The following quote comes from a speech made to the US Congress in 1938 by Franklin D. Roosevelt. He had in mind the potential danger that can result from the accumulation of economic and political power by elite individuals and groups in society, and was speaking in the aftermath of the Great Depression, which was then followed by the horrors of World War II. His words ring true once again.
Unhappy events abroad have retaught us two simple truths about the liberty of a democratic people. The first truth is that the liberty of a democracy is not safe if the people tolerate the growth of private power to the point where it becomes stronger than their democratic State itself. That, in its essence, is fascism-ownership of government by an individual, by a group or by any other controlling private power. The second truth is that the liberty of a democracy is not safe if its business system does not provide employment and produce and distribute goods in such a way as to sustain an acceptable standard of living. Both lessons hit home. Among us today a concentration of private power without equal in history is growing.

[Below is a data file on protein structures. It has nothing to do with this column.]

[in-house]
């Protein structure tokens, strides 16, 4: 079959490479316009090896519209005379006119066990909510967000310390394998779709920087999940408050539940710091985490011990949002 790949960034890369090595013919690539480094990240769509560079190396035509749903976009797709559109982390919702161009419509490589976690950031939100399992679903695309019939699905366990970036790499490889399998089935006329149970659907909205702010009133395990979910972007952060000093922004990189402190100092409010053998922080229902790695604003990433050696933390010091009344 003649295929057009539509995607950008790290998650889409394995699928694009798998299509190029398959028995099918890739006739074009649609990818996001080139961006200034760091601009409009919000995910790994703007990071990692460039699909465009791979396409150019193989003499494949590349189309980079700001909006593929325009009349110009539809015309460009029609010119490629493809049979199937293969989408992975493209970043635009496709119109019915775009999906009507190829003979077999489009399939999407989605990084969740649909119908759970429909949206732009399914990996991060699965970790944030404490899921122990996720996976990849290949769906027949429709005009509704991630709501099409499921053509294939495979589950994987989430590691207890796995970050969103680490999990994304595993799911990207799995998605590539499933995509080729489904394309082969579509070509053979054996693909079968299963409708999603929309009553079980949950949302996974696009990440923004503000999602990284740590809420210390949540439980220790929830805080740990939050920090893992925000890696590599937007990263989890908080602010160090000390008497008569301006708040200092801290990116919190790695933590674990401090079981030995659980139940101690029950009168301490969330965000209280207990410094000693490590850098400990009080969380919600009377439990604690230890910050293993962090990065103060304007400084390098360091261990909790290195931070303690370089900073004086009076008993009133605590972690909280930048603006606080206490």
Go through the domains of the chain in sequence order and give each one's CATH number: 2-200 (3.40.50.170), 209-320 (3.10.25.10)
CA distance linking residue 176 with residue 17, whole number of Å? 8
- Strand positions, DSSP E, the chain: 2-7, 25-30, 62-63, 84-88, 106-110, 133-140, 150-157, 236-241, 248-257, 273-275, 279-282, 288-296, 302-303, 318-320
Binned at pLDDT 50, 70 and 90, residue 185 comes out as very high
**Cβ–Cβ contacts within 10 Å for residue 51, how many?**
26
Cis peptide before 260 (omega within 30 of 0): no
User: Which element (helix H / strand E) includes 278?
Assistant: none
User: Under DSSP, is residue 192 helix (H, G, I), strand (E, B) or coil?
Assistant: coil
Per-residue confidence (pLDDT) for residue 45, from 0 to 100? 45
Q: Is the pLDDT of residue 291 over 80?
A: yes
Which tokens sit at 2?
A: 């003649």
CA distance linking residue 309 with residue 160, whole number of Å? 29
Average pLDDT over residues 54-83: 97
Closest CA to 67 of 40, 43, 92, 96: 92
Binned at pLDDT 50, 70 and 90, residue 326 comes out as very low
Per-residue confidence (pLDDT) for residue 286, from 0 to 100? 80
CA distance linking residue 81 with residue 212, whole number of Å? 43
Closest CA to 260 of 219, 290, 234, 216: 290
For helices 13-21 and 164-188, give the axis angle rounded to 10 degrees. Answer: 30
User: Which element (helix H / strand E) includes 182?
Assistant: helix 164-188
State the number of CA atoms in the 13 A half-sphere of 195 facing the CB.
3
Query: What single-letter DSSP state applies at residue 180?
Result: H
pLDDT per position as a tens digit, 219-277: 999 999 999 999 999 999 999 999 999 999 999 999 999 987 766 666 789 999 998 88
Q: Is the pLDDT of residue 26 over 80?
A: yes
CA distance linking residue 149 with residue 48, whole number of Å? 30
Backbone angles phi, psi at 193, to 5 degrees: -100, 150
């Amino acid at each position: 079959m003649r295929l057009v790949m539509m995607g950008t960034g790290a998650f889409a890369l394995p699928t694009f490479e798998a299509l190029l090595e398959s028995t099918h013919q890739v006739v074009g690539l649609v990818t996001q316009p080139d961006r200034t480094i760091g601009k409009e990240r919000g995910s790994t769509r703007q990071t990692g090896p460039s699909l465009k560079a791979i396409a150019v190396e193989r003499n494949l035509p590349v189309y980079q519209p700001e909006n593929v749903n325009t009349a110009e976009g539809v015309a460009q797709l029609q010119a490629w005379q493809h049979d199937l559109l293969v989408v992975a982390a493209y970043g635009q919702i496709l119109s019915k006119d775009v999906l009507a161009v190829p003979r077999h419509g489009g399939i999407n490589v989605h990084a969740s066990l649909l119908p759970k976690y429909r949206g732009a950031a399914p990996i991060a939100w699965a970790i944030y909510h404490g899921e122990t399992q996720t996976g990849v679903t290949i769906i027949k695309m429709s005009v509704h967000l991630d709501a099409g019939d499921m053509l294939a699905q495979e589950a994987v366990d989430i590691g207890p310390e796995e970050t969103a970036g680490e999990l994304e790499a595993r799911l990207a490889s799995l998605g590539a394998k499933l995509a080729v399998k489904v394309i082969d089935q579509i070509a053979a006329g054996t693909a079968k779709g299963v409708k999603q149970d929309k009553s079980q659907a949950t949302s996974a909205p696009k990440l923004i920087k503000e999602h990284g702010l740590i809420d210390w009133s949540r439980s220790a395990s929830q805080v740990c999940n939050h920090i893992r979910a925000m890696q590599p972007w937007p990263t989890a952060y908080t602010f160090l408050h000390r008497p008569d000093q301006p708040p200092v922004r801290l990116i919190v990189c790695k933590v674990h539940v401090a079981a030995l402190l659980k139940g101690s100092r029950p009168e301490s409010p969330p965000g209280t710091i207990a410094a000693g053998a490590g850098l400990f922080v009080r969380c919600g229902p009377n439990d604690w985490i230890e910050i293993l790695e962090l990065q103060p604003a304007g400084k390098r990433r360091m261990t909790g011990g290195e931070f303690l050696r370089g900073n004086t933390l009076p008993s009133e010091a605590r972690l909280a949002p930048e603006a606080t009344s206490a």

Those wondering at the rise of Bernie Sanders and Donald Trump need look no further. FDR didn’t get it all right, but he made the case for state intervention to protect people against the instability and criminality that unfettered capitalism periodically produces.